In that interminable Guitar Music thread, I got into a short debate with Derek Robertson concerning his review of Peace's second album. Whilst I didn't necessarily disagree with his assessment, I took issue with the fact that he pulled lyrics from the songs as evidence of Peace's inherent inanity.
I don't think this is fair. Well written and insightful lyrics are beautiful, but as they can so often play second fiddle to the music, I don't think it's right to attack a band based largely on their lyrical abilities, and I believe that to do so is snobbish, and more than a little hypocritical.
A few years ago, Jarvis Cocker was the guest editor for the Observer Music Monthly. He touched upon this idea in his editorial, saying that lyrics are overrated as a mark of a song's quality. For evidence, he pointed out that Louie Louie by The Kingsmen features nonsensical, gibberish lyrics, yet it's a song that's adored by almost everyone who's heard it.
This week, Eric Harvey wrote a piece for Pitchfork about song lyrics: http://pitchfork.com/thepitch/688-text-messages-song-lyrics-as-musics-new-digital-battleground/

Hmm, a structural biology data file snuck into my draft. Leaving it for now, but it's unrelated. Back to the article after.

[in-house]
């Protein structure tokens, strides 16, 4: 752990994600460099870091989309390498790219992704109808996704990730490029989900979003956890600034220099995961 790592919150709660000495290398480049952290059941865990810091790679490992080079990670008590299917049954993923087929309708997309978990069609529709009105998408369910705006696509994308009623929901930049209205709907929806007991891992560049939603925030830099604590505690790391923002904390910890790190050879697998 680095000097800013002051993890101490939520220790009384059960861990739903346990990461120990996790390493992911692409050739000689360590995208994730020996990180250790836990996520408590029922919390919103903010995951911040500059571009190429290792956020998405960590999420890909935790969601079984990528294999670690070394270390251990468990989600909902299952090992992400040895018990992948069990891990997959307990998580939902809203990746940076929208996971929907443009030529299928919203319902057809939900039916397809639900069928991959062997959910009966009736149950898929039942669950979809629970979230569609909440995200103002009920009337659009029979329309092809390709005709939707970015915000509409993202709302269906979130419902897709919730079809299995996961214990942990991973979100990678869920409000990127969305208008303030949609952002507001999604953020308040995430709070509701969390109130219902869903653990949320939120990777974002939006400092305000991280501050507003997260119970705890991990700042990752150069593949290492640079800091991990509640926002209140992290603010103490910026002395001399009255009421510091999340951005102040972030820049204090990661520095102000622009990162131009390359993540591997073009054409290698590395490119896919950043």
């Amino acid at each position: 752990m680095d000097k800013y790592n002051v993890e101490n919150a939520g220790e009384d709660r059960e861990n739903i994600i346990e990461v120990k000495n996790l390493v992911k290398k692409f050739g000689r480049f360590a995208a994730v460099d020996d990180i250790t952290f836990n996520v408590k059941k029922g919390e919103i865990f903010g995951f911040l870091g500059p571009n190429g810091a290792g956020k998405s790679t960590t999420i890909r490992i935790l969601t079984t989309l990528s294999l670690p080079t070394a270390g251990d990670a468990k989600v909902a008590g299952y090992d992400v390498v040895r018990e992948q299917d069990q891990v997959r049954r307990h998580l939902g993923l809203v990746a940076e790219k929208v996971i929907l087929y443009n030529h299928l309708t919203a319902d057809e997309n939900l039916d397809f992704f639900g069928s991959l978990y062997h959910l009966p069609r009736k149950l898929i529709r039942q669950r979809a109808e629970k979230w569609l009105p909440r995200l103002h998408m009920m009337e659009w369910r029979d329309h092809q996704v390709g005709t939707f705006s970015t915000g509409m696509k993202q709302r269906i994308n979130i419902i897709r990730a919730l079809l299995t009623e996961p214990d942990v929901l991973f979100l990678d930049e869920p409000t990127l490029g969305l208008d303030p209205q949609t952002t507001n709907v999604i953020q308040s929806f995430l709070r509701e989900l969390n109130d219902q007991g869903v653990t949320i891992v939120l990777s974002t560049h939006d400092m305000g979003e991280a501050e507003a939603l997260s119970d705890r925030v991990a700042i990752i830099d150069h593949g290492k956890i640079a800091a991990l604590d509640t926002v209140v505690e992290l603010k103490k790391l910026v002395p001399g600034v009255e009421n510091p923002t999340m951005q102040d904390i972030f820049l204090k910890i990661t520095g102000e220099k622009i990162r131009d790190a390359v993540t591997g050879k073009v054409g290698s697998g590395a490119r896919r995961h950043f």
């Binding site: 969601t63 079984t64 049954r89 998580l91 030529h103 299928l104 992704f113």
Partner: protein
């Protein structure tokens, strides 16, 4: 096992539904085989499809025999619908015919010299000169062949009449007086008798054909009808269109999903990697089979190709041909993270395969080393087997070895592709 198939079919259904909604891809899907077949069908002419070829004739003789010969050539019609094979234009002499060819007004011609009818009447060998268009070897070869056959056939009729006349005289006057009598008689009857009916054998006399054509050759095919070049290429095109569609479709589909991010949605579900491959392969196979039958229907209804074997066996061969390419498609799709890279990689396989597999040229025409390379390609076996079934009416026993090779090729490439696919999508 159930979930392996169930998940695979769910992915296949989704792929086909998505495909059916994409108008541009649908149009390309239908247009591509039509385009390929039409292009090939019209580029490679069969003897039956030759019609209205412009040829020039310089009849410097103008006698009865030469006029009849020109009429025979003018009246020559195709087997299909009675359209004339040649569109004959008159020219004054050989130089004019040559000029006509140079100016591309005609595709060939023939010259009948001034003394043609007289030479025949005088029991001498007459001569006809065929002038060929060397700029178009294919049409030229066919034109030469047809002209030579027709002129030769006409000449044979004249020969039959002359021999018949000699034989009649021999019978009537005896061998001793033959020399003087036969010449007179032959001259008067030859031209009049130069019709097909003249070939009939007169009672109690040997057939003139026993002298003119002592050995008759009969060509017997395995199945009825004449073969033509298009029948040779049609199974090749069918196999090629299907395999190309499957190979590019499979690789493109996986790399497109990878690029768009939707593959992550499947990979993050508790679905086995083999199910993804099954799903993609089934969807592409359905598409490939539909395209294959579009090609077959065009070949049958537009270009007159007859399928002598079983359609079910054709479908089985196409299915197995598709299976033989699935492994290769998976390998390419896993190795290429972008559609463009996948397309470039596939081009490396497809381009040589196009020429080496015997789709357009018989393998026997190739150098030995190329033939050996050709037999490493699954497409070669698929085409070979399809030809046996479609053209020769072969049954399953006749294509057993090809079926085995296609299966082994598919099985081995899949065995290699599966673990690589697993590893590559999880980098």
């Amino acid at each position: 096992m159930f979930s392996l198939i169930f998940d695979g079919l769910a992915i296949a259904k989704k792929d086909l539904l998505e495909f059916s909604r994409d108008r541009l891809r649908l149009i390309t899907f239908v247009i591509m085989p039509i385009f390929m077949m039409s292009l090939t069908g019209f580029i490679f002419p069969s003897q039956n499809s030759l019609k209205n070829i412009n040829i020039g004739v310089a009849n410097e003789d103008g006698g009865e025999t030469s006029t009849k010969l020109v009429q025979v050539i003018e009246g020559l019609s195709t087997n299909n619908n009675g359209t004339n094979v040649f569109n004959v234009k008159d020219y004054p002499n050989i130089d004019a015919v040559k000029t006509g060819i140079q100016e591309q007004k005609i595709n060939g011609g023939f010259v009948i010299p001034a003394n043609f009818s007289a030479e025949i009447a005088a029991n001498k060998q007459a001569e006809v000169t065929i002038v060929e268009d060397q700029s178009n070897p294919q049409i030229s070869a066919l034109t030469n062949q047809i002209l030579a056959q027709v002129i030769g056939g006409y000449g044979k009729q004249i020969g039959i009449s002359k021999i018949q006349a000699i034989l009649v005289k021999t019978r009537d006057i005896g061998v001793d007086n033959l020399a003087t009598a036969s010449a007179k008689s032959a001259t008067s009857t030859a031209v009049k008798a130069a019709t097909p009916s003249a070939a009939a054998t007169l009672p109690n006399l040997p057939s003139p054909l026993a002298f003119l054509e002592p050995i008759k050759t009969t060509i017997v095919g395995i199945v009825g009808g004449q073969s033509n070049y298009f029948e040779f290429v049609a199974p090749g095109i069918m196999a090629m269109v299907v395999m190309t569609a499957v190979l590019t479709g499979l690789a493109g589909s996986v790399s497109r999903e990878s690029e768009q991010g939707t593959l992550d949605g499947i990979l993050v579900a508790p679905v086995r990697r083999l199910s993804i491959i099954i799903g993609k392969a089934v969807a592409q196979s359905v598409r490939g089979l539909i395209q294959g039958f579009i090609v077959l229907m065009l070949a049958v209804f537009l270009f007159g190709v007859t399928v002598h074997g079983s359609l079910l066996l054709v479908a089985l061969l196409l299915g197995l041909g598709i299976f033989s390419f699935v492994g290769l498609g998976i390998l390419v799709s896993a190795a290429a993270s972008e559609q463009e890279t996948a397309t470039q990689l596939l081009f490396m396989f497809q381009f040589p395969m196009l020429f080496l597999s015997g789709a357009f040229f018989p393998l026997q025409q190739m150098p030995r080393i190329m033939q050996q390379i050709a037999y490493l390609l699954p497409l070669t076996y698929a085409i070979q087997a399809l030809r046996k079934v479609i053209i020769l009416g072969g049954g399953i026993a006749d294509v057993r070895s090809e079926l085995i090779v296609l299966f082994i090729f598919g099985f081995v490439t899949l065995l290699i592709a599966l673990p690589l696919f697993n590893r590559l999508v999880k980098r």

It's quite lengthy, but there's a few choice cuts in there:
"Pop songs... aren’t literature any more than screenplays are; they’re more accurately described in the words of pop sociologist Simon Frith, as "structures of sound," meant to be heard."
Defending his review, Derek Robertson argued that, were Peace's lyrics submitted as GCSE poetry, they'd get a D. So why should they be allowed to stand as lyrics?
I just think it's more complicated than that. Peace seem to be all about the groove, the choruses, and the communal live experience. The lyrics appear to be secondary to the importance of the feel of a song, so to attack them on this front is a bit like attacking Aphex Twin for his singing voice.
tl;dr - Where do you draw the line? At what point do lyrics become noteworthy, to the extent that they can be used to judge a song's worth?